Predictors of inpatient admission in the setting of anterior lumbar interbody fusion: a Minimally Invasive Spine Study Group (MISSG) investigation

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  • 1 Department of Orthopaedic Surgery, Rush University Medical Center, Chicago, Illinois;
  • 2 Department of Orthopaedics, Miller School of Medicine, University of Miami, Florida; and
  • 3 Department of Surgery, Rush University Medical Center, Chicago, Illinois
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OBJECTIVE

While the anterior lumbar interbody fusion (ALIF) procedure may be amenable to ambulatory surgery, it has been hypothesized that limitations such as the risk of postoperative ileus and vascular complications have hindered transition of this procedure to the outpatient setting. Identification of independent risk factors predisposing patients to inpatient stays of ≥ 24 hours after ALIF may facilitate better postsurgical outcomes, target modifiable risk factors, and assist in the development of screening tools to transition appropriate patients to the ambulatory surgery center (ASC) setting for this procedure. The purpose of this study was to identify the most relevant risk factors that predispose patients to ≥ 24-hour admission following ALIF.

METHODS

A prospectively maintained surgical registry was reviewed for patients undergoing single ALIF between May 2006 and December 2019. Demographics, preoperative diagnosis, perioperative variables, and postoperative complications were evaluated according to their relative risk (RR) elevation for an inpatient stay of ≥ 24 hours. A Poisson regression model was used to evaluate predictors of inpatient stays of ≥ 24 hours. Risk factors for inpatient admission of ≥ 24 hours were identified with a stepwise backward regression model.

RESULTS

A total of 111 patients underwent single-level ALIF (50.9% female and 52.6% male, ≤ 50 years old). Eleven (9.5%) patients were discharged in < 24 hours and 116 remained admitted for ≥ 24 hours. The average inpatient stay was > 2 days (53.7 hours). The most common postoperative complications were fever (body temperature ≥ 100.4°F; n = 4, 3.5%) and blood transfusions (n = 4, 3.5%). Bivariate analysis revealed a preoperative diagnosis of retrolisthesis or lateral listhesis to elevate the RR for an inpatient stay of ≥ 24 hours (RR 1.11, p = 0.001, both diagnoses). Stepwise multivariate analysis demonstrated significant predictors for inpatient stays of ≥ 24 hours to be an operation on L4–5, coexisting degenerative disc disease (DDD) with foraminal stenosis, and herniated nucleus pulposus (RR 1.11, 95% CI 1.03–1.20, p = 0.009, all covariates).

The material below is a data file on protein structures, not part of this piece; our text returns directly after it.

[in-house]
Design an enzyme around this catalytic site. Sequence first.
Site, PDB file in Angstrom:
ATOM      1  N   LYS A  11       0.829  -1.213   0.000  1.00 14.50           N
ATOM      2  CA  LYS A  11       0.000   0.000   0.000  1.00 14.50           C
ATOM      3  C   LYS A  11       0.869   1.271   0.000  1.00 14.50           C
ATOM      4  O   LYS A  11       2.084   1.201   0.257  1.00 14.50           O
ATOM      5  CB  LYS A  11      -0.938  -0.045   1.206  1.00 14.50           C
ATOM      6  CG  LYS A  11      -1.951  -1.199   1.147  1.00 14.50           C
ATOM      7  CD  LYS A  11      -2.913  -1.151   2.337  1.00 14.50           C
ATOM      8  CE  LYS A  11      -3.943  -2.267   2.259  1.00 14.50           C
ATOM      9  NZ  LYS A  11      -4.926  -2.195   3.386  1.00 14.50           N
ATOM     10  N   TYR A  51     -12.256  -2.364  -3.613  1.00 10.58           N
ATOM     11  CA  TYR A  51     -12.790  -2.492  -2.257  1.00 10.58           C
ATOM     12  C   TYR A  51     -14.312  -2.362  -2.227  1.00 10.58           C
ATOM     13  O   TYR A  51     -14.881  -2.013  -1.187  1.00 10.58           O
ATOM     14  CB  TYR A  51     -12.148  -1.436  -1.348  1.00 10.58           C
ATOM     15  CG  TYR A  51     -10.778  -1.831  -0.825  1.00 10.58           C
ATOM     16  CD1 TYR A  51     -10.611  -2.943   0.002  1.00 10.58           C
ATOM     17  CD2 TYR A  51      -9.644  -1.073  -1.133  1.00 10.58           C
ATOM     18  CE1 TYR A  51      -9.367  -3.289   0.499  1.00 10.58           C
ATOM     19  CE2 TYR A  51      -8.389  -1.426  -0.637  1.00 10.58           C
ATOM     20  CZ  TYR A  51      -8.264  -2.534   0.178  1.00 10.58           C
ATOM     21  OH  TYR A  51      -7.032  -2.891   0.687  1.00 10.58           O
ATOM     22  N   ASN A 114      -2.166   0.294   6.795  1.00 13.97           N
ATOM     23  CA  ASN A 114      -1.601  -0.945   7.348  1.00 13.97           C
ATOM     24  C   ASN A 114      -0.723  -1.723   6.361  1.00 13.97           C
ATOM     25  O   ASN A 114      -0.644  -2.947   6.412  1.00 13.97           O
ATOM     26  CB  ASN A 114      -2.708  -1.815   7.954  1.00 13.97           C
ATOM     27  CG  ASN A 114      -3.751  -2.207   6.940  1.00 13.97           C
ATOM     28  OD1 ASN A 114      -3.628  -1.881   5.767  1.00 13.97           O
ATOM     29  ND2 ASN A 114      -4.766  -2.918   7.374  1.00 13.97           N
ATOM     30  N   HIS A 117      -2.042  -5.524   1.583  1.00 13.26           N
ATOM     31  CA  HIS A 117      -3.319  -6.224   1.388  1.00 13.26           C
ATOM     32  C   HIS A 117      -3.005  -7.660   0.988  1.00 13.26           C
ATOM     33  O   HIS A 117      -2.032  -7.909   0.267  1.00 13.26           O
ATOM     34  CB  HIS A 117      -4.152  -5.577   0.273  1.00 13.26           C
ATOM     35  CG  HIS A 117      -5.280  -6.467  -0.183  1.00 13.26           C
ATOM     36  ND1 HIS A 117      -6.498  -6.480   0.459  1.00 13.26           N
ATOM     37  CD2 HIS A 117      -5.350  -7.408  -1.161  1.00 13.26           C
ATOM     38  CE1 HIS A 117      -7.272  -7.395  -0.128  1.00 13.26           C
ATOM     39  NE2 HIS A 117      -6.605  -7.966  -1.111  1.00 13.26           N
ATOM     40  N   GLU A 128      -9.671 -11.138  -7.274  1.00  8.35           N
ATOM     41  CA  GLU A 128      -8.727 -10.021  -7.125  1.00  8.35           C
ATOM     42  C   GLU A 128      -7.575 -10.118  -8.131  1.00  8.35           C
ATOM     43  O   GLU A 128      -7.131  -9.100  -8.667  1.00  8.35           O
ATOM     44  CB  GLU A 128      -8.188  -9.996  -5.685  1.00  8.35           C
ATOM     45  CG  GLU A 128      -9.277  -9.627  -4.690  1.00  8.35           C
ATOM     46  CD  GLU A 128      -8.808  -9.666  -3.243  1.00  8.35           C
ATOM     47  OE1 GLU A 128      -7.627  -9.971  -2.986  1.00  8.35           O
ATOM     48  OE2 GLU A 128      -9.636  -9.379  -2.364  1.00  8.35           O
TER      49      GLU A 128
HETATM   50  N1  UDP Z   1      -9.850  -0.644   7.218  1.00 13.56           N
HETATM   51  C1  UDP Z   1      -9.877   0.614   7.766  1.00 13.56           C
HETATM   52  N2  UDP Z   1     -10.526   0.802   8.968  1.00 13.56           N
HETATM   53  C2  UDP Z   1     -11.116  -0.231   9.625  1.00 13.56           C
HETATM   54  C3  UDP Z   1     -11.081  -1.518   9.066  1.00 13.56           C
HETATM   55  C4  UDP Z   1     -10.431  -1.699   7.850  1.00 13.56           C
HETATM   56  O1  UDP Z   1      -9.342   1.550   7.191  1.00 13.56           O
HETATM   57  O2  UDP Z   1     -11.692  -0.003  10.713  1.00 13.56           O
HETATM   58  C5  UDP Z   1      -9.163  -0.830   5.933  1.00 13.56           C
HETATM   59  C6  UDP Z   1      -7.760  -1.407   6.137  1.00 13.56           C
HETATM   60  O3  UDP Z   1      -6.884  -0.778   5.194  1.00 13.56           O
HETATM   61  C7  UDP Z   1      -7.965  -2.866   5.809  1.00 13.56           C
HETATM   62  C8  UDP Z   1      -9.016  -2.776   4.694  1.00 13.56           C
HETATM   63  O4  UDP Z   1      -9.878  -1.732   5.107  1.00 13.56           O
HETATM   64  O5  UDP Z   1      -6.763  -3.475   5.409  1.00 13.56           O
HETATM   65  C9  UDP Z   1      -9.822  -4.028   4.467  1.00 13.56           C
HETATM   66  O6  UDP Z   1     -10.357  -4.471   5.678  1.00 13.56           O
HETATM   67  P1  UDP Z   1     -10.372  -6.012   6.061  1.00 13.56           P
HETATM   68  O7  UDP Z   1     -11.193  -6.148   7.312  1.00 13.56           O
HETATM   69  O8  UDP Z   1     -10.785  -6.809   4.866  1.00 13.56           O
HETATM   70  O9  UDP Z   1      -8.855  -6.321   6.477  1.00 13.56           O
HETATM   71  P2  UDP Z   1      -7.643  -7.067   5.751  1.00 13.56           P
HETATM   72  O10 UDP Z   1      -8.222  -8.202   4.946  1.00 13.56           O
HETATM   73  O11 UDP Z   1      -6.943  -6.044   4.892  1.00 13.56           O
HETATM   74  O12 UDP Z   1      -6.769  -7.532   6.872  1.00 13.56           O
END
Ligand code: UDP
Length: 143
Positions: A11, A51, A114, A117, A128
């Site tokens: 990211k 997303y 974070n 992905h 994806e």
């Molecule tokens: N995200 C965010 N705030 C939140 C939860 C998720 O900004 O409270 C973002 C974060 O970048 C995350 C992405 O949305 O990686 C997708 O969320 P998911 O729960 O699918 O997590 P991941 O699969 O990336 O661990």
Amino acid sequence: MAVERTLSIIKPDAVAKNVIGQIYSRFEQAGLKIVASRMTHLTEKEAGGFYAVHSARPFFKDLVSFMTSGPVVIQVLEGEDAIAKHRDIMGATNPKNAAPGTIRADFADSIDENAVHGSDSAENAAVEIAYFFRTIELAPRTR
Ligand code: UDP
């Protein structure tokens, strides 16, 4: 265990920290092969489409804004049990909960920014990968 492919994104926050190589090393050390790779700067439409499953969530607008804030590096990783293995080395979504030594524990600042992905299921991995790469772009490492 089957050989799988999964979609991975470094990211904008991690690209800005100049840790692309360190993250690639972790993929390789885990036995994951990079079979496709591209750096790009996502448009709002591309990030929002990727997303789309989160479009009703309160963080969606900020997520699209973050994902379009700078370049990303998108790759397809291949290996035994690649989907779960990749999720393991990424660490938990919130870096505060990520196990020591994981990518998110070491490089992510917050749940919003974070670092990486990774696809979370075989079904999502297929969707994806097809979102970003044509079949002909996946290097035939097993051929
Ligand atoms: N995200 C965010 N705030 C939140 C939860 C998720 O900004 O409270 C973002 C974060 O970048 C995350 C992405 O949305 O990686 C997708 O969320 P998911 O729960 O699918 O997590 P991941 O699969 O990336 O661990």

CONCLUSIONS

This study provides data regarding the incidence of demographic and perioperative characteristics and postoperative complications as they pertain to patients undergoing single-level ALIF. This preliminary investigation identified the most relevant risk factors to be considered before appropriately transitioning ALIF procedures to the ASC. Further studies of preoperative characteristics are needed to elucidate ideal ASC ALIF patients.

ABBREVIATIONS ALIF = anterior lumbar interbody fusion; ASA = American Society of Anesthesiologists; ASC = ambulatory surgery center; CCI = Charlson Comorbidity Index; DDD = degenerative disc disease; DSD = degenerative spine disease; EBL = estimated blood loss; LLIF = lateral lumbar interbody fusion; PLIF = posterior lumbar interbody fusion; TLIF = transforaminal lumbar interbody fusion; VAS = visual analog scale.

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Contributor Notes

Correspondence Kern Singh: Rush University Medical Center, Chicago, IL. kern.singh@rushortho.com.

INCLUDE WHEN CITING Published online May 22, 2020; DOI: 10.3171/2020.3.SPINE20134.

Disclosures Dr. Singh reports receiving royalties from Zimmer Biomet, Stryker, RTI Surgical, Lippincott Williams & Wilkins, Thieme, Jaypee Publishing, and Slack Publishing; direct stock ownership in Avaz Surgical LLC and Vital 5 LLC; being a consultant for Zimmer Biomet and K2M; board membership in Vital 5 LLC, TDi LLC, and the Minimally Invasive Spine Study Group; editorial board membership in Contemporary Spine Surgery, Orthopedics Today, and Vertebral Columns; board of directors membership in CSRS, ISASS, and AAOS; and receiving a grant from the Cervical Spine Research Society.

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